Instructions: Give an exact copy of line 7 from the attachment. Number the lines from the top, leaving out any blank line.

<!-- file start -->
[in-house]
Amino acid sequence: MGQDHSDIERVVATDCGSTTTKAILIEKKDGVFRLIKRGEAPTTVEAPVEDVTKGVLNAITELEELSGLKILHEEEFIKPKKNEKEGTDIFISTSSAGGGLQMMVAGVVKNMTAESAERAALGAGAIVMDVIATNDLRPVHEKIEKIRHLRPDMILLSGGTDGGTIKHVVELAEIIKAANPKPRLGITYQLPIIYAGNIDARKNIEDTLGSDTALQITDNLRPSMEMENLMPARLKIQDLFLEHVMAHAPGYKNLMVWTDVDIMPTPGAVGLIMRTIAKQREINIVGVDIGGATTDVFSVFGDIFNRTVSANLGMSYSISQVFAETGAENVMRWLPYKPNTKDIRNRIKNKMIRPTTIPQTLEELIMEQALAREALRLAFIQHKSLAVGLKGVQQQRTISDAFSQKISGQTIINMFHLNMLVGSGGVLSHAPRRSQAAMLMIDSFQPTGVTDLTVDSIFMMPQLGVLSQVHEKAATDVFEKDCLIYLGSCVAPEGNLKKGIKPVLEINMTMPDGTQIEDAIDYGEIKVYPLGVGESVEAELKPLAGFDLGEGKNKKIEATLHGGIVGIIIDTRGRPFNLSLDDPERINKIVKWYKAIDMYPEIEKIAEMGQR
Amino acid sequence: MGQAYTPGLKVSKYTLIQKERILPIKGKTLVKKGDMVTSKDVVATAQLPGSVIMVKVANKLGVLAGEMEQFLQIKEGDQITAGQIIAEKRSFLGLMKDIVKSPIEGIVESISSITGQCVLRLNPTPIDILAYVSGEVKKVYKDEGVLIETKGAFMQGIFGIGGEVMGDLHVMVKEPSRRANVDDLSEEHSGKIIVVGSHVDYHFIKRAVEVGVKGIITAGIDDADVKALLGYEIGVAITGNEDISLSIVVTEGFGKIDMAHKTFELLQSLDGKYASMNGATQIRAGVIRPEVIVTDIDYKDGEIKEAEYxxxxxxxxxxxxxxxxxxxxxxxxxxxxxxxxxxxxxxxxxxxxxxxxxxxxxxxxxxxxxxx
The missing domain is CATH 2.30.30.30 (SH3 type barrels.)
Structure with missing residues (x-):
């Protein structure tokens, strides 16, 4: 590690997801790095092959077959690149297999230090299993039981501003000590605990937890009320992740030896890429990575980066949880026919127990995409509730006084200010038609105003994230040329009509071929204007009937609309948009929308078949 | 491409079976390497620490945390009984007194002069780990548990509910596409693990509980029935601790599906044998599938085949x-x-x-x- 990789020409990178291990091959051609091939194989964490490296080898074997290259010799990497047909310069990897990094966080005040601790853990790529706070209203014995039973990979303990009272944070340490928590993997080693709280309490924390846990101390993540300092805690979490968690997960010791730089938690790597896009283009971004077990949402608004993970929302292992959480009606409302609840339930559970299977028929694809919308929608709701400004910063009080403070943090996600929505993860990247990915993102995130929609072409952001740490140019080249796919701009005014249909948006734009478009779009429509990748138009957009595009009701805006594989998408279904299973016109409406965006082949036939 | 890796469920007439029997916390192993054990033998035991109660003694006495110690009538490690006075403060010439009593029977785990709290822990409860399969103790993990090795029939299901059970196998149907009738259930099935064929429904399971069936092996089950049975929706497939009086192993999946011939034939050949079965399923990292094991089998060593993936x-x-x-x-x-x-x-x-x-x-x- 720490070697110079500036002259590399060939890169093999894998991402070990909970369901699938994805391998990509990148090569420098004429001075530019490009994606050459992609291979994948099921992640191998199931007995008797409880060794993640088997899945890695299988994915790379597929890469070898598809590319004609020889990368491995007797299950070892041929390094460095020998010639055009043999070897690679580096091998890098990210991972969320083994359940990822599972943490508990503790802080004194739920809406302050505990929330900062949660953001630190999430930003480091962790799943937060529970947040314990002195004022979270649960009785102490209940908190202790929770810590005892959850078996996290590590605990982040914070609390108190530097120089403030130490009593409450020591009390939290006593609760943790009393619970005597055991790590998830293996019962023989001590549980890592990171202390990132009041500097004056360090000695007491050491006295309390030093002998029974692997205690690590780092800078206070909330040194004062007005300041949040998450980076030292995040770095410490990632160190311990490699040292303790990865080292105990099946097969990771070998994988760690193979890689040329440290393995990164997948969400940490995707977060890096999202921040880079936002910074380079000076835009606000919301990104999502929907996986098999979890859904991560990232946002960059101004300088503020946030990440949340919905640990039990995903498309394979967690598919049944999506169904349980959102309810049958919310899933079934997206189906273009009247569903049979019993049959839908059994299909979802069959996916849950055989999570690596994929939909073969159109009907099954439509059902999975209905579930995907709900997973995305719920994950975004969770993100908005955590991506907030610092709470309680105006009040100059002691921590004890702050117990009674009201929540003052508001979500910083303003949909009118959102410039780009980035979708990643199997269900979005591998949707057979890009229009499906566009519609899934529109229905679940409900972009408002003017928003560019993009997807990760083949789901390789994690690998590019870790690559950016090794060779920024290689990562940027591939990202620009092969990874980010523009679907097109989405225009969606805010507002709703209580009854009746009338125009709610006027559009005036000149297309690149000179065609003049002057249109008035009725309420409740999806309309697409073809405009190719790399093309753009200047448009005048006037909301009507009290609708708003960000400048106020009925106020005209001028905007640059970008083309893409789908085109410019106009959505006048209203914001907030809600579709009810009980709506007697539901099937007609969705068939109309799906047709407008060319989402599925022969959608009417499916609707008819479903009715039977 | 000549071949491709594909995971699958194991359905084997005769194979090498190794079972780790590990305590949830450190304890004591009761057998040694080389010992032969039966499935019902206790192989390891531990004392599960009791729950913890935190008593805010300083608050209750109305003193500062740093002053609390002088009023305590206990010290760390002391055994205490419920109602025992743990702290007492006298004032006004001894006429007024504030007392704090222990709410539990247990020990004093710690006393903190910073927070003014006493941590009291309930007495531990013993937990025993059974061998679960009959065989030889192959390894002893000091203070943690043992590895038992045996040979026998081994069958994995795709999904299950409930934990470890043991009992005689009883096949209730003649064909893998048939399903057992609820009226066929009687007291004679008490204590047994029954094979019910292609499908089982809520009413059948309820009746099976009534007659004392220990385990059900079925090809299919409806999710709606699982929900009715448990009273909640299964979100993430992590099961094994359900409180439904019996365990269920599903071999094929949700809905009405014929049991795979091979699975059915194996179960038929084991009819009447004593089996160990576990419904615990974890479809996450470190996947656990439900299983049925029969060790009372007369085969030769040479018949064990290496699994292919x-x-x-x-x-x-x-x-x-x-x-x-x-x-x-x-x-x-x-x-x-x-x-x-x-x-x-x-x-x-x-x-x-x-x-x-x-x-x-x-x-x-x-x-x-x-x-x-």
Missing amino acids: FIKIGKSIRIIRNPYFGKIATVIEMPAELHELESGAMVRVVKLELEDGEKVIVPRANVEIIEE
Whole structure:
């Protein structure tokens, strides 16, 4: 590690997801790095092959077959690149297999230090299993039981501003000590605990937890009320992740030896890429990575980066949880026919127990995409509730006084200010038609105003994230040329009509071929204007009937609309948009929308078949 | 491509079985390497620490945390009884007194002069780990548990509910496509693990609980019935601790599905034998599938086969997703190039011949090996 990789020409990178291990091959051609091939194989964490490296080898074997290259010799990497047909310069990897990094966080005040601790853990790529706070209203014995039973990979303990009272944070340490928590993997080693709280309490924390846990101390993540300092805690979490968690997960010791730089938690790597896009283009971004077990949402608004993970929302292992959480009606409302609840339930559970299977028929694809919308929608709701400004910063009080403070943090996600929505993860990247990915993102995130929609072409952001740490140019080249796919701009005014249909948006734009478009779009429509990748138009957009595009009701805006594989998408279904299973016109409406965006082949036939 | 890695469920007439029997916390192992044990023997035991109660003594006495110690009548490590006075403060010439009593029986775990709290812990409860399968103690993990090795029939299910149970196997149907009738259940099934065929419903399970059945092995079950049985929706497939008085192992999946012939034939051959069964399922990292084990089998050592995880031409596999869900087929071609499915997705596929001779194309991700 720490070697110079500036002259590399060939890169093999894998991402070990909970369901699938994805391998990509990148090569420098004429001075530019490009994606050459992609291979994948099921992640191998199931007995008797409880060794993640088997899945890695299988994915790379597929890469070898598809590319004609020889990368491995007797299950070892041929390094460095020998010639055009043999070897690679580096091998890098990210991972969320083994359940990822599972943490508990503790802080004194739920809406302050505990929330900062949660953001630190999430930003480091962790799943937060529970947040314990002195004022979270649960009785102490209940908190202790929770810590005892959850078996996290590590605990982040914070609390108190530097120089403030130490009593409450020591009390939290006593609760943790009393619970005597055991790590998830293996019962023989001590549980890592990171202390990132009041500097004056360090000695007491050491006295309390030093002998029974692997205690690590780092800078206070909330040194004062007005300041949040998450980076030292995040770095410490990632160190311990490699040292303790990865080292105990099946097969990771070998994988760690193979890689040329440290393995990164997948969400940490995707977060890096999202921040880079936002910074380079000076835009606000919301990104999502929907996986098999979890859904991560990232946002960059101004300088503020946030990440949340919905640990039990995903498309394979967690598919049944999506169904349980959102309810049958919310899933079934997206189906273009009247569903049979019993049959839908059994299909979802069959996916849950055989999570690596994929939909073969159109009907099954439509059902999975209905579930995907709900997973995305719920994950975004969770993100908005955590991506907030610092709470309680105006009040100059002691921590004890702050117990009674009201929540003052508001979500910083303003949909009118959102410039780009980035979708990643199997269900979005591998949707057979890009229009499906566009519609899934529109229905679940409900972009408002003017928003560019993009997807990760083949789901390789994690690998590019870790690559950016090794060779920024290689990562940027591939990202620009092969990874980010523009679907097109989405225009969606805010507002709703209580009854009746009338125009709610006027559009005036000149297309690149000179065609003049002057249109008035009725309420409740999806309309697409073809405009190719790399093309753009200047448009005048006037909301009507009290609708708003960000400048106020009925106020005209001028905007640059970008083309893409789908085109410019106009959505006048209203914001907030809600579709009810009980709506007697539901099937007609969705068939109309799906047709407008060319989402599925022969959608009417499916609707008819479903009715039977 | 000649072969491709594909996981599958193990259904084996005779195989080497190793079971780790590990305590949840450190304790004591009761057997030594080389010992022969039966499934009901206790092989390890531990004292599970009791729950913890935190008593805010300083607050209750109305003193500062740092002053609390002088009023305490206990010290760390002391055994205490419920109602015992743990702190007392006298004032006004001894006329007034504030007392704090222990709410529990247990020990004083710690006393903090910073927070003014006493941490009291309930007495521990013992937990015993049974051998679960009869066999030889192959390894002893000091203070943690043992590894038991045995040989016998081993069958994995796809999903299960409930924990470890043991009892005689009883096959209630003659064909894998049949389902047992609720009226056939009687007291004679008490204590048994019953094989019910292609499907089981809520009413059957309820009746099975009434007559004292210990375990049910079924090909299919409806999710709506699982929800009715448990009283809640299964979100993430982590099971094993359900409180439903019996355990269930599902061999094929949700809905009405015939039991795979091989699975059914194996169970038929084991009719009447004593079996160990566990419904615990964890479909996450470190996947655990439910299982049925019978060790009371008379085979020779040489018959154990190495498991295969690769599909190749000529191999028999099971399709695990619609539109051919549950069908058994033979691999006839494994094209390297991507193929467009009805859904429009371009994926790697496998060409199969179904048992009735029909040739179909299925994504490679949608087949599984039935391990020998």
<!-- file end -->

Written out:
Missing amino acids: FIKIGKSIRIIRNPYFGKIATVIEMPAELHELESGAMVRVVKLELEDGEKVIVPRANVEIIEE